Cancer mortality (also called cancer deaths): The number of people who die from cancer. Death counts can give information about a single group but can’t be used to compare groups because the counts don’t account for the size of the group or age ranges of the people in it. Comparing groups requires cancer death rates. See Understanding Cancer Death Rates.

Cancer mortality rate (also called cancer death rate): The number of people who die from cancer within a defined population such as Black women (but not limited to Black women with cancer) during a specific time period. The cancer death rate is not confined to people with cancer, it includes all people in the population. Cancer death rates are given as the number of deaths per 100,000 of the population. Researchers account (adjust) for age when they calculate death rates so they can track trends over time, and so they can compare groups. Cancer death rates are the best measures researchers use to track progress against cancer. See Understanding Cancer Death Rates.

Cancer occurrence (see cancer incidence)

Cancer-predisposition genes: Genes that are vulnerable to cancer-causing variants or changes (mutations). In some cases, a cancer-predisposition gene is inherited, or passed along from generation to generation. Several dozen cancer-predisposition genes have been identified, and about 5 to 10% of all cancers result directly from those that are inherited from a parent. For example, BRCA1 and BRCA2 are inherited cancer predisposition genes, and mutations on them increase the risk for developing certain cancers.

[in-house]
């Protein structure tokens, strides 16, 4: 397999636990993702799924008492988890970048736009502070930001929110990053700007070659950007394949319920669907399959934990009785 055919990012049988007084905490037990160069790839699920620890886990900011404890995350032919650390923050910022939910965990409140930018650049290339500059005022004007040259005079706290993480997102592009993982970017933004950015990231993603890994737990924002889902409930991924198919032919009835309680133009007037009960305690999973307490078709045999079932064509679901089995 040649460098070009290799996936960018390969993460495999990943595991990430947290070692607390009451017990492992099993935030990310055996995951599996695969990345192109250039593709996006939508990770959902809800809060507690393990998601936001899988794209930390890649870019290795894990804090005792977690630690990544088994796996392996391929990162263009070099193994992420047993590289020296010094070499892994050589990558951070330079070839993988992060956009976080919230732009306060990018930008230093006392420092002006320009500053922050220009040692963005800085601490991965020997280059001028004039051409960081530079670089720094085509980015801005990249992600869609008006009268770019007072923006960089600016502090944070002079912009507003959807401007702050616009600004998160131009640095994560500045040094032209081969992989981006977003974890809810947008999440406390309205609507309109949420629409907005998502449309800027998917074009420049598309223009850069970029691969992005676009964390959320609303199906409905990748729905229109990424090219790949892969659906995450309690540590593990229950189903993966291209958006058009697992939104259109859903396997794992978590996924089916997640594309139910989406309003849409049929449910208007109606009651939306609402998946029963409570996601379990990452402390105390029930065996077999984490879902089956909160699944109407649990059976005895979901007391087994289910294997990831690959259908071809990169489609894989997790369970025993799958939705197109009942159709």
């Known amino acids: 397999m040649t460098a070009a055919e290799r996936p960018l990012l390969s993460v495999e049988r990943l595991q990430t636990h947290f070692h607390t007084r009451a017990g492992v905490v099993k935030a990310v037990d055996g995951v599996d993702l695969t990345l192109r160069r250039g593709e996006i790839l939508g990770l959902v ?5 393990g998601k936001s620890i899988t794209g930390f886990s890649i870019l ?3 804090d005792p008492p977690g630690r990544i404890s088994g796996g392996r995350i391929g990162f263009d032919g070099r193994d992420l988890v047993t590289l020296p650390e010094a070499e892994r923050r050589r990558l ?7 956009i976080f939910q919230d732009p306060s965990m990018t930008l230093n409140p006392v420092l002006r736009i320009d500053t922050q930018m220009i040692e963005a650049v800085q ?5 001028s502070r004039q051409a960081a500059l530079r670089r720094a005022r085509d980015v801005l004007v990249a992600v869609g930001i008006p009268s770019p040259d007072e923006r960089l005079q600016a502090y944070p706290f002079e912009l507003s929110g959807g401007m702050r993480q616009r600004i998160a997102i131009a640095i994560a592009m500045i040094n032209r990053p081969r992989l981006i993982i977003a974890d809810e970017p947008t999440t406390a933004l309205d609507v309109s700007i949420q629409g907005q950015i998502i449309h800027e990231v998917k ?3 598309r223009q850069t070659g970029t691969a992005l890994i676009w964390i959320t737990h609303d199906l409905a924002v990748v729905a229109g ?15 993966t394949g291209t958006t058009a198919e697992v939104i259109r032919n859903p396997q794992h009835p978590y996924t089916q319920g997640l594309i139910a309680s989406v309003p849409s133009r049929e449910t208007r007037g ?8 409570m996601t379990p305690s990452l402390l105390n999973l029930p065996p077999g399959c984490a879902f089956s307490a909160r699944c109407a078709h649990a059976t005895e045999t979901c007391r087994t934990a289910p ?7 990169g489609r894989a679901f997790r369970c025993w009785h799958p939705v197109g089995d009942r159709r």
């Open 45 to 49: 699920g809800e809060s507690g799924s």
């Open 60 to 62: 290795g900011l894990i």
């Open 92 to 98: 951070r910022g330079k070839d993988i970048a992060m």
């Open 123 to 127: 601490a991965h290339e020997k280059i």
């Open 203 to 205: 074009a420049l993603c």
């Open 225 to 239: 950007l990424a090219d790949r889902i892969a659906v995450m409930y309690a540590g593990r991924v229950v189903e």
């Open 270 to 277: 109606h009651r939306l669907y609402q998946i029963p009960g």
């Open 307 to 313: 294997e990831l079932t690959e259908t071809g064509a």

Cancer prevalence: The number of people in a population with a history of a cancer diagnosis.

Cancer-related outcomes: The results of a cancer diagnosis—how it affects health, quality of life, and length of survival. These outcomes are influenced by a patient’s overall health, access to quality health care, cancer type and stage, response to provided treatments, complications, and follow-up care.

Cancer relative 5-year survival rate: An estimate of the percentage of people who will be alive 5 years after a diagnosis of cancer compared with people who haven’t been diagnosed with cancer. The relative survival rate shows whether a disease shortens life and is used as a way to approximate the expected lifetime. For example, a relative 5-year cancer survival rate of 80% means that compared to the number of people without cancer who are alive, 80% of people with cancer will be living 5 years after their diagnosis.

Cancer surveillance research: Ongoing and systematic collection, analysis, interpretation, and reporting of cancer data about the new cancer cases, extent of disease, screening tests, treatment, survival, and death. Its goal is to use data to guide public health policy and action, such as the distribution of health care resources.

Cancer survival rate: The percentage of people who survive a certain type of cancer for a specific amount of time (often 5 years). For example, if a 5-year survival rate is 77%, it means that of all the people who have that type of cancer, 77 out of every 100 will be living at least 5 years after their diagnosis.